Border security trumps immigration reform,
evident in border wall securing America against Tijuana/ Tom Barry
President Obama insists that we need to “fix the broken immigration system” in a way that “everyone plays by the rules.” According to the White House – in its immigration reform Fact Sheet – not only is the U.S. immigration system broken but so too (echoing alarms sounded by the border hawks) are our borders.
Leading the new push for immigration reform, the president outlined the principles and regulations of his proposed reform a week after his inauguration in January. Although the proposal contains many laudable components – notably protections for worker rights – the White House’s concept of immigration reform appears more akin to a criminal justice or national security measure than an initiative concerning immigration, labor mobility, and social justice.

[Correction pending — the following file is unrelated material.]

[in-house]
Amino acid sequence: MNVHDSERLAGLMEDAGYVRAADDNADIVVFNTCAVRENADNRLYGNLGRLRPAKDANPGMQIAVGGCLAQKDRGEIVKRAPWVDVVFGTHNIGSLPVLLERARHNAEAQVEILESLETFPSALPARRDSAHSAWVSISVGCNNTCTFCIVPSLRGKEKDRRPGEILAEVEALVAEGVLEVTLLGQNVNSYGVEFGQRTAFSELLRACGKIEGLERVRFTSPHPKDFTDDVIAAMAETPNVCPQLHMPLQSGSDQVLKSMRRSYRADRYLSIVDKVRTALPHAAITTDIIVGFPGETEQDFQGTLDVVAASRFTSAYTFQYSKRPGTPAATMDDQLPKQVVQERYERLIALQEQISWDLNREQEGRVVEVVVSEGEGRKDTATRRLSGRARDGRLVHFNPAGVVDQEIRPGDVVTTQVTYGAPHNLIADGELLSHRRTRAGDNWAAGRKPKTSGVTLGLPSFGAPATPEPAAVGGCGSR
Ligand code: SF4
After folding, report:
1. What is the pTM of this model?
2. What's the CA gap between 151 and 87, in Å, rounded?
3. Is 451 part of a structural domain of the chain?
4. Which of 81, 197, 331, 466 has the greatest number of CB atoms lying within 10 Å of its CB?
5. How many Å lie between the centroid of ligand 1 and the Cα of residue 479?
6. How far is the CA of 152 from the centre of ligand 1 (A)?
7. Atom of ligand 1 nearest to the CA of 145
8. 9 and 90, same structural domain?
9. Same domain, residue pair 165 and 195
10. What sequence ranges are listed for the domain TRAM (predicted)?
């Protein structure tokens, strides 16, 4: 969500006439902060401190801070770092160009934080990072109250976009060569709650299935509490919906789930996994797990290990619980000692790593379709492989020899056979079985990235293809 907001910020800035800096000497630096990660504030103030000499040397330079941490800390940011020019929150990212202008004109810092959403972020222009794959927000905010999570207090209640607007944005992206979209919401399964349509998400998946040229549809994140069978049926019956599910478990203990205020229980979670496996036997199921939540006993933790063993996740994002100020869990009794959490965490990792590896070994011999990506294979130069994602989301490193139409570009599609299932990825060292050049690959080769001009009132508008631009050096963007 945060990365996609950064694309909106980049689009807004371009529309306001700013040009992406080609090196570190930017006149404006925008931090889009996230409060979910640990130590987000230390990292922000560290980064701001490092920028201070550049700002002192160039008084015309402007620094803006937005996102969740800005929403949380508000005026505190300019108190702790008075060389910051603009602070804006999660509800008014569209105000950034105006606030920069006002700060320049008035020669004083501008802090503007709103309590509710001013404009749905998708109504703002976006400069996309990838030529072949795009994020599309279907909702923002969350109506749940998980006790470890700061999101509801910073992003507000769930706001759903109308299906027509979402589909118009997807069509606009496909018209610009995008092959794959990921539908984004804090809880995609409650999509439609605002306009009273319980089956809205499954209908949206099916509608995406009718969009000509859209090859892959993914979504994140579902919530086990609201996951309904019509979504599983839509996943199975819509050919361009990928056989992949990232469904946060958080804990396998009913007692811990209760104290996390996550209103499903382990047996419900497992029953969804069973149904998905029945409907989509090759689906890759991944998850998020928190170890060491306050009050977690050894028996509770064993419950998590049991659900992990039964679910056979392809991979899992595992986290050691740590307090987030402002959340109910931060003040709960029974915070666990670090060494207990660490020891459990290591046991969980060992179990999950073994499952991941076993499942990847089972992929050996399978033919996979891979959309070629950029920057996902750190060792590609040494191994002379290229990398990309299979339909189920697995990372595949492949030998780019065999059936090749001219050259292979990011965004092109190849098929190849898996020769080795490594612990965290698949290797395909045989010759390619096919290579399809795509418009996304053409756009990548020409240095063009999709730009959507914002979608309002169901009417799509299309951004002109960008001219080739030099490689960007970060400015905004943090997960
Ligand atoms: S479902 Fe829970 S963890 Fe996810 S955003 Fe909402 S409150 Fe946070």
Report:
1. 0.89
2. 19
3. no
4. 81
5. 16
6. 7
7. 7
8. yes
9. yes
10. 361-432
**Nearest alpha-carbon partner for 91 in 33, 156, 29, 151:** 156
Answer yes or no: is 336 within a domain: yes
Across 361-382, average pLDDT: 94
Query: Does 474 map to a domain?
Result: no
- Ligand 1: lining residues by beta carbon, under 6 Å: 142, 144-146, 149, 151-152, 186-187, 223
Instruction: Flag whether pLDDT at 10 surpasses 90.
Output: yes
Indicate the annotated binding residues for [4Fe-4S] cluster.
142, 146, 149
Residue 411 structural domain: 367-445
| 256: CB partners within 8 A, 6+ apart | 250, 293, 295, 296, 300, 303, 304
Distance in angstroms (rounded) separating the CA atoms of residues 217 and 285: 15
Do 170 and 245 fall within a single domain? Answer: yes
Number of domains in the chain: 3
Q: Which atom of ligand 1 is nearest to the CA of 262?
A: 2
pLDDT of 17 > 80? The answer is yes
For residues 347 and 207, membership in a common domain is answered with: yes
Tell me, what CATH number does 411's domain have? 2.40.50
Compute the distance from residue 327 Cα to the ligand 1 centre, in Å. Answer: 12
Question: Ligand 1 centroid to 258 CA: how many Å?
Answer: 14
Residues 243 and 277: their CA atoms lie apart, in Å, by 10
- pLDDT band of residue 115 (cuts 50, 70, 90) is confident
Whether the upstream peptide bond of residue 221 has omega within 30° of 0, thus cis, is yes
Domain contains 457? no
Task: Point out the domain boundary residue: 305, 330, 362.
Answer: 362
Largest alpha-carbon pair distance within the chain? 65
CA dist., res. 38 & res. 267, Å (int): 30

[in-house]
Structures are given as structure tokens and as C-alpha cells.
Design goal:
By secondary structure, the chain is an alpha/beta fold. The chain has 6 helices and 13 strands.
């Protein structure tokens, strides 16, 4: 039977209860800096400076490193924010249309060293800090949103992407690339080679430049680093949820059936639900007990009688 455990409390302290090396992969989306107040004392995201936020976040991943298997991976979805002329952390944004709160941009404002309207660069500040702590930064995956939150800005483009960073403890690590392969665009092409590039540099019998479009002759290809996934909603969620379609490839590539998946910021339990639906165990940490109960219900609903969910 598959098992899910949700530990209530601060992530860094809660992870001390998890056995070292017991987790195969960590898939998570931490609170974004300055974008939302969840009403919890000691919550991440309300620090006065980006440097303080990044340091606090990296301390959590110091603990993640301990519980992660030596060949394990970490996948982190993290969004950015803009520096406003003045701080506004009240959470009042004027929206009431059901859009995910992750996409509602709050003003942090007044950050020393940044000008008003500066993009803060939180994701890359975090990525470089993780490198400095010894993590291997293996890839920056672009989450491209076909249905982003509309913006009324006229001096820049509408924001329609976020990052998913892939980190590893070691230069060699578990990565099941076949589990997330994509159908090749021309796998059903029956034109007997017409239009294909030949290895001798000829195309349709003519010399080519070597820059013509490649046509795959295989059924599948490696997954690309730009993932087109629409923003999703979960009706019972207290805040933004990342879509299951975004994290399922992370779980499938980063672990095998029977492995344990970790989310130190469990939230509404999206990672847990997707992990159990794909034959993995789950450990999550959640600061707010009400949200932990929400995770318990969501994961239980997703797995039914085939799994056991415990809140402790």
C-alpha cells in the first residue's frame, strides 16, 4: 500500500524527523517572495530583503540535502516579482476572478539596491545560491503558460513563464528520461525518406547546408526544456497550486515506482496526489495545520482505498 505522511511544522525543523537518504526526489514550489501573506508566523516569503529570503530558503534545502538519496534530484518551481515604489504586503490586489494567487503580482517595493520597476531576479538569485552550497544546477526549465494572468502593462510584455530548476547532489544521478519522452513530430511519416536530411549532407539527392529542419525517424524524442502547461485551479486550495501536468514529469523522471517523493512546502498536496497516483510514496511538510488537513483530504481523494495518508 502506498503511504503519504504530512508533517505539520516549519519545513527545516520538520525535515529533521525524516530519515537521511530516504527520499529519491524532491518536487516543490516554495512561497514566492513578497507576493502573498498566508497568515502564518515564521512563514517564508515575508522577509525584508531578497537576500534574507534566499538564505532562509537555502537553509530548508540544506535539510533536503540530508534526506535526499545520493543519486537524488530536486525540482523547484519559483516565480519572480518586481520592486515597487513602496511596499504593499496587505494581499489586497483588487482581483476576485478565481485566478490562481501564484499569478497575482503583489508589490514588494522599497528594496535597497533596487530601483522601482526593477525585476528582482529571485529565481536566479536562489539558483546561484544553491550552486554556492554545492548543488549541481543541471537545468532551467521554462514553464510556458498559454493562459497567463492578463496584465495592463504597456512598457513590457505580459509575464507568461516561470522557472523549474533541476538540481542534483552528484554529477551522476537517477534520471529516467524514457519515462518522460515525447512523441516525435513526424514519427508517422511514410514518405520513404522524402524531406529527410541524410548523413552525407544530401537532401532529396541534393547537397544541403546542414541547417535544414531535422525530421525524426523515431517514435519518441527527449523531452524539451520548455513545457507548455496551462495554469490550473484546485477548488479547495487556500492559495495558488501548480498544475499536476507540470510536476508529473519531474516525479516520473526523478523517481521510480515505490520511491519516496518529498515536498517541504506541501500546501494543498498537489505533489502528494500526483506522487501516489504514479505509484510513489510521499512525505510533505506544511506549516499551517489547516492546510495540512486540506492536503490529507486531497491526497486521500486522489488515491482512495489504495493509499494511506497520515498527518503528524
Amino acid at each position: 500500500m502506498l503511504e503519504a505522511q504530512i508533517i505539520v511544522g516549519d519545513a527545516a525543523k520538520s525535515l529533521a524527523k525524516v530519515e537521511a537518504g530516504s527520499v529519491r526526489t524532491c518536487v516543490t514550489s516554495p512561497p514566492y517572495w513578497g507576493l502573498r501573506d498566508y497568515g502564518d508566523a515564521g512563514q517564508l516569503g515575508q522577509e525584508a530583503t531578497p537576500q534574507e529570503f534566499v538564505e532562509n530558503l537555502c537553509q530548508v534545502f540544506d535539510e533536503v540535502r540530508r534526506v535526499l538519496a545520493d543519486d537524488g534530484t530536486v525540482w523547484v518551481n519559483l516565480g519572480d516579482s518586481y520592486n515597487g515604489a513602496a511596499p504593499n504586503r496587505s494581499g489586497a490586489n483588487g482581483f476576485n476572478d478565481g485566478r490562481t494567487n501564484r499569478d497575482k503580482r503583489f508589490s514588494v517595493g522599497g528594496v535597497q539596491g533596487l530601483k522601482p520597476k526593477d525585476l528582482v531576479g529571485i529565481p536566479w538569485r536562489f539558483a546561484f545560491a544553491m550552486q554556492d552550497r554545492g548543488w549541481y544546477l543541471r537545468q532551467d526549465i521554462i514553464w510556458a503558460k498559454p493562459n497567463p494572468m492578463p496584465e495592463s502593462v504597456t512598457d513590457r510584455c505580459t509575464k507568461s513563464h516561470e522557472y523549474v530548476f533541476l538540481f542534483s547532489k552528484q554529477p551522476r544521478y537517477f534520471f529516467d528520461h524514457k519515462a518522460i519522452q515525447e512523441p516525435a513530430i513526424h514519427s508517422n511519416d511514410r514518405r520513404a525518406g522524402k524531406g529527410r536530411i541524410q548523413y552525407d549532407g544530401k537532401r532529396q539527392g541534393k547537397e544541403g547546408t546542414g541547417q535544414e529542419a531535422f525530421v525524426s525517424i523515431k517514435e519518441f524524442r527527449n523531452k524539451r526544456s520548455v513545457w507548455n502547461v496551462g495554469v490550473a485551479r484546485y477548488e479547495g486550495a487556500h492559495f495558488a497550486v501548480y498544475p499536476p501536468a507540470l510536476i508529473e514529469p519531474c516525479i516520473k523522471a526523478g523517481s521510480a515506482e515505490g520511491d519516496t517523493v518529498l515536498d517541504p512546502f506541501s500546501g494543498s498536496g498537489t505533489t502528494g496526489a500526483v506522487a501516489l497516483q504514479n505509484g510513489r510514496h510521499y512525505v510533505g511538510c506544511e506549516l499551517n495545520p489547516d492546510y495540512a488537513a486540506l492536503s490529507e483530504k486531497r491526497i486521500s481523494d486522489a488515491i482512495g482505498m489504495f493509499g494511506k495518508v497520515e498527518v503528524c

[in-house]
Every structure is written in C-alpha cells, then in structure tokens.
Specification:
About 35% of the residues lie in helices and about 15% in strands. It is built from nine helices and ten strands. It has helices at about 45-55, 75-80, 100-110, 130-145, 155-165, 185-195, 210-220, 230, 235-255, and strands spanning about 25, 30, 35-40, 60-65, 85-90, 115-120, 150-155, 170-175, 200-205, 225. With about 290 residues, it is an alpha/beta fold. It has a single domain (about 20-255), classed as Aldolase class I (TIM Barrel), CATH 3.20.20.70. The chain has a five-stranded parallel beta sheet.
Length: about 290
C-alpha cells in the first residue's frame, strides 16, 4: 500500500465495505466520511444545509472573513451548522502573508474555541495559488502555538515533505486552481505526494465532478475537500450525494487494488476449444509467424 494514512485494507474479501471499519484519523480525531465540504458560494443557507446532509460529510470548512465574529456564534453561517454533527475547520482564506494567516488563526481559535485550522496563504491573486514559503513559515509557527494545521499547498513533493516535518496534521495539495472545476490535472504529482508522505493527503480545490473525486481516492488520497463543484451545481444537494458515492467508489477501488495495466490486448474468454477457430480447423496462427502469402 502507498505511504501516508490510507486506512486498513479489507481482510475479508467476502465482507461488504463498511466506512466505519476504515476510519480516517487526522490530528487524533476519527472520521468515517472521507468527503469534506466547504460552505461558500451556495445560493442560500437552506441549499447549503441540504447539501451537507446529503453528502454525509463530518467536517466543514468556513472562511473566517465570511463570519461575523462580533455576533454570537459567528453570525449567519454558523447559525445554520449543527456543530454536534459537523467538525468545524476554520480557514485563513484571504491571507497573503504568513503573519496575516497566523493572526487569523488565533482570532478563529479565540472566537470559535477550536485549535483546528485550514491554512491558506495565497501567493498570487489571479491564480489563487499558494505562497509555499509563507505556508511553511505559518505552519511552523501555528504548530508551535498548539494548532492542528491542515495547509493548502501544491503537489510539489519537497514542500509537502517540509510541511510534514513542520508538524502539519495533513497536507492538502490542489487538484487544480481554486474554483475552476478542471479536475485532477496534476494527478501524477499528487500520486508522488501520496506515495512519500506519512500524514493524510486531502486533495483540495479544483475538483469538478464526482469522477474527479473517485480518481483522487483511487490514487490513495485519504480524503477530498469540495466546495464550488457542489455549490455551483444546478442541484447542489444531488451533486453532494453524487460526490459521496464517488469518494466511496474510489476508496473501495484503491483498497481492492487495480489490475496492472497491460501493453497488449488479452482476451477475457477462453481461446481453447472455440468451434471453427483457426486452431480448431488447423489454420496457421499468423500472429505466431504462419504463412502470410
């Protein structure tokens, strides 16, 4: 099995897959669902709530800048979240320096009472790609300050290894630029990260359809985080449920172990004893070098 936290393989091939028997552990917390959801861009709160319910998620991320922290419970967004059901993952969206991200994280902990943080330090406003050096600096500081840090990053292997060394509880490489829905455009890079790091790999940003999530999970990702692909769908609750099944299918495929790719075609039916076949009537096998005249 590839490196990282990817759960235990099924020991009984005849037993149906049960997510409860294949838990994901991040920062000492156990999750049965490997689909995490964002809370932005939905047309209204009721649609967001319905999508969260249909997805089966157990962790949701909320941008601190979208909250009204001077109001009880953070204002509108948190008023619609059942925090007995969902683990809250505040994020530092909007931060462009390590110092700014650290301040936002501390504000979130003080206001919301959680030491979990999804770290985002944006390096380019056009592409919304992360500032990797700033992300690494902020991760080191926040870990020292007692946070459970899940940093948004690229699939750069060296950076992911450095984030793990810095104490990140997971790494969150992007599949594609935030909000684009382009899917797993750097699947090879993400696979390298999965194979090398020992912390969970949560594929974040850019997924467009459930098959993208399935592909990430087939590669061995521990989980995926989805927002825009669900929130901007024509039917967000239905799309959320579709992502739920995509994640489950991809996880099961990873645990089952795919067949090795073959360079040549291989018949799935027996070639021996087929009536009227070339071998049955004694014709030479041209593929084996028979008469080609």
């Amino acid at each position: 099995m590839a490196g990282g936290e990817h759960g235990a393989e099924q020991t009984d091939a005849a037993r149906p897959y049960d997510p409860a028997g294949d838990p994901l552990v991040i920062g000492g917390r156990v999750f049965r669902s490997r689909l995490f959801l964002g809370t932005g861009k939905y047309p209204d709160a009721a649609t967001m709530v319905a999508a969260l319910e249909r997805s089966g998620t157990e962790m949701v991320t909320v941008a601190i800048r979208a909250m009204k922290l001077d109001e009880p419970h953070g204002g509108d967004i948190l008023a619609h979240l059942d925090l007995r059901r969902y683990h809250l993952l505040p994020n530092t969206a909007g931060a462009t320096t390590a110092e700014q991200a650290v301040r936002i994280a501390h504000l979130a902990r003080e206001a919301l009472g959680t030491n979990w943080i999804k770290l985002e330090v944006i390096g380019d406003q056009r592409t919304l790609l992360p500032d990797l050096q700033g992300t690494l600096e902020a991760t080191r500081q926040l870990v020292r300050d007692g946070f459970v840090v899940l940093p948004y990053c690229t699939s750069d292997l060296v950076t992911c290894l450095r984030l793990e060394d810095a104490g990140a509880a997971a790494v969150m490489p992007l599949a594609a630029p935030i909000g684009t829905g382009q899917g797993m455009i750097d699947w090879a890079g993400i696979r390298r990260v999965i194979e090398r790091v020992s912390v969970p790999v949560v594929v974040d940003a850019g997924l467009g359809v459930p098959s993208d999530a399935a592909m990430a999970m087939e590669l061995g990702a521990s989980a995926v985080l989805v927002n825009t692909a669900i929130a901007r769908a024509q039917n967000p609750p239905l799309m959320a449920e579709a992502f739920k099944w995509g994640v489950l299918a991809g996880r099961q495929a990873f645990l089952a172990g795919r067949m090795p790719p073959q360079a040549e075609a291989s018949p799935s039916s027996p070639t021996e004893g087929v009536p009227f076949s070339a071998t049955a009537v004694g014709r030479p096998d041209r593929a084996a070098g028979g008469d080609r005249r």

Ultimately, the prospects for immigration reform depend more on the political tussles in Congress than what the White House says. Yet President Obama did legitimize the notion that immigration reform is fundamentally connected to the precepts of border security and national security – and that the reform had more to do with breaking the laws that playing by the rules.
Immigration reform is framed by the White House within the context of the post-9/11 imperative of border security and counterterrorism. The term security appears 23 times in the White House’s immigration proposal fact sheet – variously referring to national security, homeland security, border security, or community security.
Also indicative of the crackdown policy at the core of the proposal is the frequent reference to crime and criminals – terms that appear 17 times in the fact sheet about immigration reform, while the term immigrant appears three fewer times.
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